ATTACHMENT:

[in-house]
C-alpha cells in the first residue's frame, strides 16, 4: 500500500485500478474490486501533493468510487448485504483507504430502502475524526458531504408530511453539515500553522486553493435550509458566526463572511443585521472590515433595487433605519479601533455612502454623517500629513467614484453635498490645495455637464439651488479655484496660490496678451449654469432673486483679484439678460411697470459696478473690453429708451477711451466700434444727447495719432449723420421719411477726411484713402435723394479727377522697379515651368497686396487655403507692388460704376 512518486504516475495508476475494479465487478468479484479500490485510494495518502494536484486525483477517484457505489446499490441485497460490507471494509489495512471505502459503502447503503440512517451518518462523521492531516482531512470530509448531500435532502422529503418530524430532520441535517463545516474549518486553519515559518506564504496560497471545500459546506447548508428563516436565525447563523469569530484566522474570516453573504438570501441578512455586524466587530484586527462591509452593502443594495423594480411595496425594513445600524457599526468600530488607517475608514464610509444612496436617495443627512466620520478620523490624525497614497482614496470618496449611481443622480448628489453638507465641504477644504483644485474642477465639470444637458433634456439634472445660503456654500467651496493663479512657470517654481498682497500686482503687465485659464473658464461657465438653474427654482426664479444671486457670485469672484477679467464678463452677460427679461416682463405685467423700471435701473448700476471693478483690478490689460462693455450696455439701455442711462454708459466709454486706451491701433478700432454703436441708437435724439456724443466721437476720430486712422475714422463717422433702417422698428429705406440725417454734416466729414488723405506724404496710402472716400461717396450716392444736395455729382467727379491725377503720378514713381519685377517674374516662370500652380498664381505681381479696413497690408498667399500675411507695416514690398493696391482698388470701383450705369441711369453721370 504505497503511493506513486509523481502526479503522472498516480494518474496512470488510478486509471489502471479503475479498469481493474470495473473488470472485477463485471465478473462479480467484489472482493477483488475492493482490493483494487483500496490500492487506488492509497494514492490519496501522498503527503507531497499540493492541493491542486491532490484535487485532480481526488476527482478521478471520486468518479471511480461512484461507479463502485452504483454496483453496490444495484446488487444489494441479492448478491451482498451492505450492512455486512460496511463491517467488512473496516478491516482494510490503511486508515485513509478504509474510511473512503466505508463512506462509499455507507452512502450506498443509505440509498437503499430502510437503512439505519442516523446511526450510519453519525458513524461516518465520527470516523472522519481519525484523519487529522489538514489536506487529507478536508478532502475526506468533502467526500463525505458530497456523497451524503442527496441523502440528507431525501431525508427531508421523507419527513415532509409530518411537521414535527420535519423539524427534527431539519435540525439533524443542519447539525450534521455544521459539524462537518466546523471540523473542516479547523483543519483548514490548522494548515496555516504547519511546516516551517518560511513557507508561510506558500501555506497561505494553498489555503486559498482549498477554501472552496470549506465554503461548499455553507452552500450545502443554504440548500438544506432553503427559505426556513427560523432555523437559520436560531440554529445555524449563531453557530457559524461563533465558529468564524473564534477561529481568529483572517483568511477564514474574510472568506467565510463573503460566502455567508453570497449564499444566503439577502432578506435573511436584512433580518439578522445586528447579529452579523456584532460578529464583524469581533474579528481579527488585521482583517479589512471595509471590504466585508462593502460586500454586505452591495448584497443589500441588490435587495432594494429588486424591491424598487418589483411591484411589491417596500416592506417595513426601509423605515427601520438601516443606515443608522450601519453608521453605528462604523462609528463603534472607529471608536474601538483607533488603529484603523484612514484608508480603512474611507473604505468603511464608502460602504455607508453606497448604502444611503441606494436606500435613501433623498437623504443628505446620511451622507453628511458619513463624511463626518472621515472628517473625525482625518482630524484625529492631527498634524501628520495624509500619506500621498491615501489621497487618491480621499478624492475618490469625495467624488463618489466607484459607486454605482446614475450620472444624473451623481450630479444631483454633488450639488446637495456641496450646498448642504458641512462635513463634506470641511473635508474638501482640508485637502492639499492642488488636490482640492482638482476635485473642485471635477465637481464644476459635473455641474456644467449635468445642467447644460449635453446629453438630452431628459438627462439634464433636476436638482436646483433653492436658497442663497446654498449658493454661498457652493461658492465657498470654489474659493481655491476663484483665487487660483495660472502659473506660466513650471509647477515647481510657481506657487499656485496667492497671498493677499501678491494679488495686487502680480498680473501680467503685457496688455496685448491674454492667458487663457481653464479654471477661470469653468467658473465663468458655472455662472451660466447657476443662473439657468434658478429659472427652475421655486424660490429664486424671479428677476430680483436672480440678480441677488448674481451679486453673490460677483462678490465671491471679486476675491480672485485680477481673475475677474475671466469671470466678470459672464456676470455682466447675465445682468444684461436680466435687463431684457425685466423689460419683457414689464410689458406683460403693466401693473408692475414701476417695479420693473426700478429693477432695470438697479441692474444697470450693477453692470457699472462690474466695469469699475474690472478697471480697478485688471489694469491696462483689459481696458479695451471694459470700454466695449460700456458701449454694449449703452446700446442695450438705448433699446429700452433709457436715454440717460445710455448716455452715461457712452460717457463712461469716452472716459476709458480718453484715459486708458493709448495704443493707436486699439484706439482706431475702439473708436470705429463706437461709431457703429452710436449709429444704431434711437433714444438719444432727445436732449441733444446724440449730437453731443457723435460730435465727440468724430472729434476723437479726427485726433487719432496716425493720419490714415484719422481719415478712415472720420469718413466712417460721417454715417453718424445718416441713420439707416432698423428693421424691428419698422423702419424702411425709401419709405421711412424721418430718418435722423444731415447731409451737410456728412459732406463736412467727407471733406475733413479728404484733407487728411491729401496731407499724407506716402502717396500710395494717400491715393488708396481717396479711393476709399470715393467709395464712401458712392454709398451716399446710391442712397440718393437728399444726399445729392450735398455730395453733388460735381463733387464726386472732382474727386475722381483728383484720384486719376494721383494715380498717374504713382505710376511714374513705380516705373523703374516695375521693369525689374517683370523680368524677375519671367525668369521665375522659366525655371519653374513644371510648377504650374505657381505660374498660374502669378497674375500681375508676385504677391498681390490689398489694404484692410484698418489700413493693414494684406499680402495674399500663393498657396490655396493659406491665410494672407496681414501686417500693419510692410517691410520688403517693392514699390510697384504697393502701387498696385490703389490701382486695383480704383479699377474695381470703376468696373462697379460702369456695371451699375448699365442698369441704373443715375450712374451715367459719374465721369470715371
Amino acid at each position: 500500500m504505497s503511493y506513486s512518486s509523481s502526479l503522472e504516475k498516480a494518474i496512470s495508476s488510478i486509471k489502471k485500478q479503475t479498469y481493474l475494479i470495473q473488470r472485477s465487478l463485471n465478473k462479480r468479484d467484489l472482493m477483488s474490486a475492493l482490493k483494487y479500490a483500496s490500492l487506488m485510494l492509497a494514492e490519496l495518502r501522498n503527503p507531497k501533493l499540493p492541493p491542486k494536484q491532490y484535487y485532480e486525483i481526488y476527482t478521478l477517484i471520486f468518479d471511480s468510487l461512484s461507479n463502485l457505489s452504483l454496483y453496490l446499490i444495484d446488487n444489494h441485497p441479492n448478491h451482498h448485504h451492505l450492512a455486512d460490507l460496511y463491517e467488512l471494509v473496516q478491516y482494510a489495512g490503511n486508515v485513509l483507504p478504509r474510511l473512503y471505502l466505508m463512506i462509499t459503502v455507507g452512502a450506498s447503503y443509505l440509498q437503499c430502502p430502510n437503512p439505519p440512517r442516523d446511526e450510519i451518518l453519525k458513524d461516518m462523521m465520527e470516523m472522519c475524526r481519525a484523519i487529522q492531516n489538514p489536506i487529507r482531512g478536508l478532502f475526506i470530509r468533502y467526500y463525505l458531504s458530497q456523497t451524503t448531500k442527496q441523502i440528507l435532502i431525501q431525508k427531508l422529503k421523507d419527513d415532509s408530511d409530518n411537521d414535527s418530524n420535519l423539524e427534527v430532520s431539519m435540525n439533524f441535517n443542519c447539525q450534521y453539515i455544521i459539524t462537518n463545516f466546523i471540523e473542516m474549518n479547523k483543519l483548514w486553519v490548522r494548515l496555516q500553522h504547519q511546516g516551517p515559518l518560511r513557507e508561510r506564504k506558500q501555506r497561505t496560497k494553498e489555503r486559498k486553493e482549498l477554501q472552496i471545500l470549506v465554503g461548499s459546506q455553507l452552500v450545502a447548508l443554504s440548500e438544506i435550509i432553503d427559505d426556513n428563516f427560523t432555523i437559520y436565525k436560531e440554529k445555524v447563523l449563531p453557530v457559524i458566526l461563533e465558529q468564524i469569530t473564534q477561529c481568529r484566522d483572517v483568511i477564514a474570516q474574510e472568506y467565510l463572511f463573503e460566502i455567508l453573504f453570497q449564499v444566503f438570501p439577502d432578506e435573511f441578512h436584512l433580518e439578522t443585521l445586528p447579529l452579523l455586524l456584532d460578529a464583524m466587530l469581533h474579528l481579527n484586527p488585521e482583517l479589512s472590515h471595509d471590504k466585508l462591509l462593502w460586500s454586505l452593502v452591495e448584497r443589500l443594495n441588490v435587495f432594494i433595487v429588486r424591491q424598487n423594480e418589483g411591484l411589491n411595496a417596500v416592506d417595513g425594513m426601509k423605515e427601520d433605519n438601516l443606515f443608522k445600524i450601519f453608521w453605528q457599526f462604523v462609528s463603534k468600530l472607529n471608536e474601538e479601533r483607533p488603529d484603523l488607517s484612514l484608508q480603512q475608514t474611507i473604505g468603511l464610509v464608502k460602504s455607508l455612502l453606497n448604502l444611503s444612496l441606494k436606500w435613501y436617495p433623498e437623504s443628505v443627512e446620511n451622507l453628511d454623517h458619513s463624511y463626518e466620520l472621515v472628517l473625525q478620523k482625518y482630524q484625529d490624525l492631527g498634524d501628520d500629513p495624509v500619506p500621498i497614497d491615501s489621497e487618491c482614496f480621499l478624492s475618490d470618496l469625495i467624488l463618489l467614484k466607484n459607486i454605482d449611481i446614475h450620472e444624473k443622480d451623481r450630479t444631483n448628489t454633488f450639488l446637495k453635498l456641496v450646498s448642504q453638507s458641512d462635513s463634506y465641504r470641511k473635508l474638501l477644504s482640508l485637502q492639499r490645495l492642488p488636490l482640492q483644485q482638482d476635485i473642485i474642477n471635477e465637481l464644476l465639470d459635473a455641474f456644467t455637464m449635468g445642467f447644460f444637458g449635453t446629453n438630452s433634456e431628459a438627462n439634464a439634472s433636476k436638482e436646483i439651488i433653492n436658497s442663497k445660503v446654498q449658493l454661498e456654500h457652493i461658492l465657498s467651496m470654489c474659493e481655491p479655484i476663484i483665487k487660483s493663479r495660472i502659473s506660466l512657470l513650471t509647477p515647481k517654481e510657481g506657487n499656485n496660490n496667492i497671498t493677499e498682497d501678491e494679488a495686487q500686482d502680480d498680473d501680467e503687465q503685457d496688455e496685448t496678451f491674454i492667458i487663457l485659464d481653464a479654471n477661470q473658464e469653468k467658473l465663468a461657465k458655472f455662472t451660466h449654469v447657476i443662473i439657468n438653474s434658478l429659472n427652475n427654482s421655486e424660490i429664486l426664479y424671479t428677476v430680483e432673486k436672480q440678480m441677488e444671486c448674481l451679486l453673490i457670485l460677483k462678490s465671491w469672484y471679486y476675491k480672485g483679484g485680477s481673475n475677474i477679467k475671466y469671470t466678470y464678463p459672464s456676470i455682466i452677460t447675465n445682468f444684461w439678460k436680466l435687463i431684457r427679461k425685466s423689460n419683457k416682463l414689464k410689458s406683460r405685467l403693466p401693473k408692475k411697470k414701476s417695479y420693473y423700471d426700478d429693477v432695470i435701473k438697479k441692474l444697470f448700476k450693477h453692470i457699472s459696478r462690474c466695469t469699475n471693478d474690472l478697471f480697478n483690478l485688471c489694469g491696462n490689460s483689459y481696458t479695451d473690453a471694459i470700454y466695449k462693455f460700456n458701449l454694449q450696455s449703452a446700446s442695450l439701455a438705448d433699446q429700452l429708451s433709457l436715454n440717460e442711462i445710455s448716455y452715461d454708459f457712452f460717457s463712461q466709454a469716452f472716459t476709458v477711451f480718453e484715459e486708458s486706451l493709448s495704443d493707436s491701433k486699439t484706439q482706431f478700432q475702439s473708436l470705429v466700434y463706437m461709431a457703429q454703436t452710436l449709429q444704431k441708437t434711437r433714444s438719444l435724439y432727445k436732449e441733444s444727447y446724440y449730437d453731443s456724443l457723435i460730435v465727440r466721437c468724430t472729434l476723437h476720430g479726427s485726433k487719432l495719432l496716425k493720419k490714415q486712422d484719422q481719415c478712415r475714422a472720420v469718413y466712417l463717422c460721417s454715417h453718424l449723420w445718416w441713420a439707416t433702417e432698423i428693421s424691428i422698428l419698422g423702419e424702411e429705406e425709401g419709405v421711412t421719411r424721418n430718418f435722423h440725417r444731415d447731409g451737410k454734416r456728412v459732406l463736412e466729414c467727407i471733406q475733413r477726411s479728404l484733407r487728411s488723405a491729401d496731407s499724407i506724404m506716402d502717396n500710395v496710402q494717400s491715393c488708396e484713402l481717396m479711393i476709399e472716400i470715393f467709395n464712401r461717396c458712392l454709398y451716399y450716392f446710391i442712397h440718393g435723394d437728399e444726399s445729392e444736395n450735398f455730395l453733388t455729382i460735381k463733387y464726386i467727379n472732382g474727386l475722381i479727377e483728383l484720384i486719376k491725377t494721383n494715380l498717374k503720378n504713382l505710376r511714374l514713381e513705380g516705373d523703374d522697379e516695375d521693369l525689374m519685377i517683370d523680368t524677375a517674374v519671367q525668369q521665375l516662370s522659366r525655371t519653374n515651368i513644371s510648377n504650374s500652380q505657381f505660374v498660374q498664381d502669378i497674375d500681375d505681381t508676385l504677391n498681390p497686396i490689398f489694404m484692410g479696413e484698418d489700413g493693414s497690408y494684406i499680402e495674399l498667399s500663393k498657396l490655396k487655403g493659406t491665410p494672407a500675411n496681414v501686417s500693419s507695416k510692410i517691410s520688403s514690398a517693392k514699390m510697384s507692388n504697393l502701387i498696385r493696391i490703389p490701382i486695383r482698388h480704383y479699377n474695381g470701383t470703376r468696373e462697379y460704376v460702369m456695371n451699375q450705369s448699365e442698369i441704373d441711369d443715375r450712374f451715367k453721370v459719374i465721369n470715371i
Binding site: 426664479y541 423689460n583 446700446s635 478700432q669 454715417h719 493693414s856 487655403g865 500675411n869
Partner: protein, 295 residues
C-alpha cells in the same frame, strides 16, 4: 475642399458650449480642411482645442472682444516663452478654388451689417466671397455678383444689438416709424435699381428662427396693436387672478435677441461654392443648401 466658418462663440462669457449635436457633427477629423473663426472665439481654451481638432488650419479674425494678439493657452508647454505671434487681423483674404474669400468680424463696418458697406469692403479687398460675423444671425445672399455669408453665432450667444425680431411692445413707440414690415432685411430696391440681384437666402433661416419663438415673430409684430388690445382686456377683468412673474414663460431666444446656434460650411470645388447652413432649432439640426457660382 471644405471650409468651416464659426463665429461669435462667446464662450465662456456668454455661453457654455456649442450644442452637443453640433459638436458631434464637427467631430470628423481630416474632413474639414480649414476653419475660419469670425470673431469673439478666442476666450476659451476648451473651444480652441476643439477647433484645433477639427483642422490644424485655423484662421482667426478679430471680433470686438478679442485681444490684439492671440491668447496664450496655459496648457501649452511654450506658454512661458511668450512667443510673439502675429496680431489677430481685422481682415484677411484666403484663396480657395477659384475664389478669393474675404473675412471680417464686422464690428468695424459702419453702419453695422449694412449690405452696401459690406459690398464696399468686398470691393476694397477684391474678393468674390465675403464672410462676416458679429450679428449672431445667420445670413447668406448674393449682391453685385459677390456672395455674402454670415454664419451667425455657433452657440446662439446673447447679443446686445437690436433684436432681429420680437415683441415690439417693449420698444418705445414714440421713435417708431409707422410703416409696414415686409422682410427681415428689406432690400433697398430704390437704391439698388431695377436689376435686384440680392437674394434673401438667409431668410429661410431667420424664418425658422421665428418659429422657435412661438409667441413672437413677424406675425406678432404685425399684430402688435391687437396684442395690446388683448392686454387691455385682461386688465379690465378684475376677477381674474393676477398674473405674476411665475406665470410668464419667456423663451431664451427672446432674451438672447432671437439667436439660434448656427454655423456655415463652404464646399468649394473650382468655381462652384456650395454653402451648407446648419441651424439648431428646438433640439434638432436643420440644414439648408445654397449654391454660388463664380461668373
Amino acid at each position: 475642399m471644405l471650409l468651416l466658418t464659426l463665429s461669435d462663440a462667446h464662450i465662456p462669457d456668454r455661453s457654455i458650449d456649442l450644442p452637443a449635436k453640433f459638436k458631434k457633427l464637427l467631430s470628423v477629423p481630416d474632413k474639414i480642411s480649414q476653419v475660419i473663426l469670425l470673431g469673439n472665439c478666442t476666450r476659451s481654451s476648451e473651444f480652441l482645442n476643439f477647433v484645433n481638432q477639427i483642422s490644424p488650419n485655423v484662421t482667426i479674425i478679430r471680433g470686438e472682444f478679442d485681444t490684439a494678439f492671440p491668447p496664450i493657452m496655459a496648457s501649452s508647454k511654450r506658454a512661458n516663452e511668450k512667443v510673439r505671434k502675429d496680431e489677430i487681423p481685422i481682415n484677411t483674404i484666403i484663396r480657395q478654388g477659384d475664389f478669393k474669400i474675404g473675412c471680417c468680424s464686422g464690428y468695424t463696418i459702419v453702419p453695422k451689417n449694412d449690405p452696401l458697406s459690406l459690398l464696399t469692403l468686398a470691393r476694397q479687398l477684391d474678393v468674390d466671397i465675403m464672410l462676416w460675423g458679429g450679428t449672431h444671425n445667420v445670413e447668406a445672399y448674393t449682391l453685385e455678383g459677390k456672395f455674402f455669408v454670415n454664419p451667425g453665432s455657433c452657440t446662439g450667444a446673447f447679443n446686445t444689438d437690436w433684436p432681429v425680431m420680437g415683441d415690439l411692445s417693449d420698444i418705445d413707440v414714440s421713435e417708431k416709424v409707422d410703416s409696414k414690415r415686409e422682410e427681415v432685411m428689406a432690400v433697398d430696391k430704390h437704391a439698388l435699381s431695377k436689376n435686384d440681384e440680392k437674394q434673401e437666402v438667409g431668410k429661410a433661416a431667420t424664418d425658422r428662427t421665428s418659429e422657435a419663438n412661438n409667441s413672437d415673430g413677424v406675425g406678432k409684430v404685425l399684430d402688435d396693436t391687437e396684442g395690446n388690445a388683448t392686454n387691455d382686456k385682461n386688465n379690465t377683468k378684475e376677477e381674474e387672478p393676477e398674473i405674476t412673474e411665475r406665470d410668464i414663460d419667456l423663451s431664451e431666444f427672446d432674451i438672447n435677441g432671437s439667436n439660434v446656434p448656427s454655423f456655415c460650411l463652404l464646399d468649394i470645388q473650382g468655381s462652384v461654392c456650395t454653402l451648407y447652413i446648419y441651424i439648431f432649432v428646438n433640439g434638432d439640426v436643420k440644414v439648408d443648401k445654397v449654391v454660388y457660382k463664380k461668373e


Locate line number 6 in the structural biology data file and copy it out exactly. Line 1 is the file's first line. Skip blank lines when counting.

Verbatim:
C-alpha cells in the same frame, strides 16, 4: 475642399458650449480642411482645442472682444516663452478654388451689417466671397455678383444689438416709424435699381428662427396693436387672478435677441461654392443648401 466658418462663440462669457449635436457633427477629423473663426472665439481654451481638432488650419479674425494678439493657452508647454505671434487681423483674404474669400468680424463696418458697406469692403479687398460675423444671425445672399455669408453665432450667444425680431411692445413707440414690415432685411430696391440681384437666402433661416419663438415673430409684430388690445382686456377683468412673474414663460431666444446656434460650411470645388447652413432649432439640426457660382 471644405471650409468651416464659426463665429461669435462667446464662450465662456456668454455661453457654455456649442450644442452637443453640433459638436458631434464637427467631430470628423481630416474632413474639414480649414476653419475660419469670425470673431469673439478666442476666450476659451476648451473651444480652441476643439477647433484645433477639427483642422490644424485655423484662421482667426478679430471680433470686438478679442485681444490684439492671440491668447496664450496655459496648457501649452511654450506658454512661458511668450512667443510673439502675429496680431489677430481685422481682415484677411484666403484663396480657395477659384475664389478669393474675404473675412471680417464686422464690428468695424459702419453702419453695422449694412449690405452696401459690406459690398464696399468686398470691393476694397477684391474678393468674390465675403464672410462676416458679429450679428449672431445667420445670413447668406448674393449682391453685385459677390456672395455674402454670415454664419451667425455657433452657440446662439446673447447679443446686445437690436433684436432681429420680437415683441415690439417693449420698444418705445414714440421713435417708431409707422410703416409696414415686409422682410427681415428689406432690400433697398430704390437704391439698388431695377436689376435686384440680392437674394434673401438667409431668410429661410431667420424664418425658422421665428418659429422657435412661438409667441413672437413677424406675425406678432404685425399684430402688435391687437396684442395690446388683448392686454387691455385682461386688465379690465378684475376677477381674474393676477398674473405674476411665475406665470410668464419667456423663451431664451427672446432674451438672447432671437439667436439660434448656427454655423456655415463652404464646399468649394473650382468655381462652384456650395454653402451648407446648419441651424439648431428646438433640439434638432436643420440644414439648408445654397449654391454660388463664380461668373